Today at Bloomberg, Mark Gurman does a precise and unsparing autopsy of the thoroughly underwhelming rollout of Apple’s newest laptops. The problems are myriad. There’s the still dubious value proposition of the Touch Bar, the move to eliminate every port except USB-C, and underpowered machines that cost significantly more than nearly everything else on the market — even compared to Apple’s usual markups.
But perhaps the most troubling problem since launch is that the MacBook Pro batteries are unreliable. Verge editor Jake Kastrenakes saw six hours of battery life on average, from a computer that promised ten. Apple sent him a replacement laptop — and he experienced the exact same battery issues.
Even those with relatively decent battery life in their new MacBook Pros were reporting something much more frustrating: The time estimate of how much juice they had on their laptop until it goes dead fluctuated wildly. Apple, in response to the outcry, decided to fix the problem by eliminating the time estimate in its latest OS update. So if you have 37 percent battery life left on your very pricey new MacBook Pro, you get to play a fun guessing game of when exactly the thing will go belly-up on you.
So, why the problems with the batteries? Gurman explains what exactly went wrong:
[W]hen Apple has tried to leapfrog the competition, it has fallen short. Take the company’s attempt to create a longer-lasting battery for the MacBook Pro. Apple engineers wanted to use higher capacity battery packs shaped to the insides of the laptop versus the standard square cells found in most machines. The design would have boosted battery life.
In the run-up to the MacBook Pro’s planned debut this year, the new battery failed a key test, according to a person familiar with the situation. Rather than delay the launch and risk missing the crucial holiday shopping season, Apple decided to revert to an older design. The change required roping in engineers from other teams to finish the job, meaning work on other Macs languished, the person said. The new laptop didn’t represent a game-changing leap in battery performance, and a software bug misrepresented hours of power remaining. Apple has since removed the meter from the top right-hand corner of the screen.
So, if Gurman’s report is accurate, Apple shipped MacBook Pros with non-optimal batteries in order to hit a key sales season, rather than waiting to get it right. Yes, Apple has a historical obsession with deadlines. And, yes, when it delays products like the AirPods or the white iPhone 4, it becomes a news story. But by pushing forward, Apple has punished those who jumped on the new MacBook Pro at launch this year.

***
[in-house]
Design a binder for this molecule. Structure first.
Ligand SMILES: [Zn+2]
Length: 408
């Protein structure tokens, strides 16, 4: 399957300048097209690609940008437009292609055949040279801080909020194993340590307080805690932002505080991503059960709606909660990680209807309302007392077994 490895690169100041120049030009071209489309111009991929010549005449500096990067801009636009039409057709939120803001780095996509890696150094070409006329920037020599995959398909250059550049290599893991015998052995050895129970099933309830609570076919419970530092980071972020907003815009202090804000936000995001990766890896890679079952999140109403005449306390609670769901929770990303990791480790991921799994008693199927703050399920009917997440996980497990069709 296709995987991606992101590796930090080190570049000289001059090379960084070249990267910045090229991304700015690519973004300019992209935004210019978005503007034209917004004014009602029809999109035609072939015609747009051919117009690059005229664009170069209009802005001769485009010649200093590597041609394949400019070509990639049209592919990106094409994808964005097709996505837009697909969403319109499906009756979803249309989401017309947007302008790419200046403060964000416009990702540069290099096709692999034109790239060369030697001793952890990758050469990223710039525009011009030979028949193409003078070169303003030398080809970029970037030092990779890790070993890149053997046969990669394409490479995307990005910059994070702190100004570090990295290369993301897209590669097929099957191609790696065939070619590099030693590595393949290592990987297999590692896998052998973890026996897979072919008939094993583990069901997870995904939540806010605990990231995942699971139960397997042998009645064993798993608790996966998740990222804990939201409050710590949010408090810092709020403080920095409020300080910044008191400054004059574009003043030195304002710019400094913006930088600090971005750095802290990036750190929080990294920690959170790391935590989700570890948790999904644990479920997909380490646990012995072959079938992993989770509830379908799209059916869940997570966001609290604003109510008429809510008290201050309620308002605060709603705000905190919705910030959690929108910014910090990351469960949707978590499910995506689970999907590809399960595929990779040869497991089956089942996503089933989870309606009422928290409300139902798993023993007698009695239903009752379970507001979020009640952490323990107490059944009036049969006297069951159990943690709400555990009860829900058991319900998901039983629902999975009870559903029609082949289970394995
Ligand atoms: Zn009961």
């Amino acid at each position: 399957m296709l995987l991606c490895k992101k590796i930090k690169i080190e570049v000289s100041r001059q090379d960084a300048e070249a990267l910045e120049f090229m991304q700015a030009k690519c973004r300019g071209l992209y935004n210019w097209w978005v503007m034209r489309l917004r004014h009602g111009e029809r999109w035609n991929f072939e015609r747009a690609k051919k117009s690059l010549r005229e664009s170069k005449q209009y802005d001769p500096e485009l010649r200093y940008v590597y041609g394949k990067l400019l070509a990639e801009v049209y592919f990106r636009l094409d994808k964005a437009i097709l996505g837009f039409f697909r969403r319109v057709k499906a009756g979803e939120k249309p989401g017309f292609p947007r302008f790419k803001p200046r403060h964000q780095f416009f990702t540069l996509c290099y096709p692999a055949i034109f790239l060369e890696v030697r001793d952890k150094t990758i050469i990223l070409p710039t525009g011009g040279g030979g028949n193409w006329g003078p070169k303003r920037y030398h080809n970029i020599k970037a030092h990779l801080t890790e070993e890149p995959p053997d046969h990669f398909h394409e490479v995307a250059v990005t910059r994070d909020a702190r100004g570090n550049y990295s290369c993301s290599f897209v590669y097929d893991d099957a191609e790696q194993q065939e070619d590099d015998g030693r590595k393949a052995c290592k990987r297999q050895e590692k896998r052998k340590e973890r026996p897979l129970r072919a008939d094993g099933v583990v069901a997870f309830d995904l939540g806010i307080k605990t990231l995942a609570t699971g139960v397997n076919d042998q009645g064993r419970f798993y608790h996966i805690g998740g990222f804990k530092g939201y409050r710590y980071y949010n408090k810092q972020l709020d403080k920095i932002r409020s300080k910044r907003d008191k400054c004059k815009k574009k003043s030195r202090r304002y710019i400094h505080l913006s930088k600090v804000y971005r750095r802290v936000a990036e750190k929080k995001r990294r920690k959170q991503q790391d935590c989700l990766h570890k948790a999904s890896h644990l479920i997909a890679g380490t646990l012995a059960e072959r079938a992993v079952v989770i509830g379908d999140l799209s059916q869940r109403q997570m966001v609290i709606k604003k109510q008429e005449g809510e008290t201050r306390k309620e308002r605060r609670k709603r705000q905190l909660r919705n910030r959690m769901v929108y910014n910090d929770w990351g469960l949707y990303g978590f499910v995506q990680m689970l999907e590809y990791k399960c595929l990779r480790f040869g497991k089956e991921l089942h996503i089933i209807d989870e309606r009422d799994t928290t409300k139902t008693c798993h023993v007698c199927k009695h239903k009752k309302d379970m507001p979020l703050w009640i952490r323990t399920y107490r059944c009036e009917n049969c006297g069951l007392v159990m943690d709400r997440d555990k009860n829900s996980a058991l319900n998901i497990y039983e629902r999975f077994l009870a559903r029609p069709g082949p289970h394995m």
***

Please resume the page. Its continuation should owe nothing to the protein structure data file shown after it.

It’s tempting to want to blame the buyer here. Apple, after all, has a long history of not quite sticking the landing on its first attempt at something new. But it had been 18 months since an update to the MacBook Pro, and before that it had been nearly two years. Many core users were still limping along on relatively creaky machines and were anxious to get something better. Now, because they jumped first, they’re stuck with laptops that don’t perform up to the level Apple promised.
Gurman’s article goes into plenty more detail about what his sources say has gone wrong at Apple. With laptops representing around 10 percent of their total revenue, Jony Ive and others have shifted their focus elsewhere (except, of course, to make sure that new MacBook Pros come with the rose-gold option). There isn’t even a dedicated Mac OS team anymore, with Mac OS engineers reassigned to iOS teams. Meanwhile, Apple management, instead of having the its laptop division focus on one singular project, now starts by offering up competing visions for what the next laptop should be, only to pick one toward the end of a development cycle and forcing everyone to rush something to market. Worst of all, Gurman hints that 2017 will see, at best, minor updates to the MacBook line (though, maybe, Apple will finally update its desktop iMac line).
After Apple’s laptop rollout in late October, I asked: Is Apple giving up on making great computers? After all the stumbles of the new MacBook Pro and Apple’s seeming indifference to its laptop division, it’s fair to ask: Will Apple eventually just give up on making computers, period?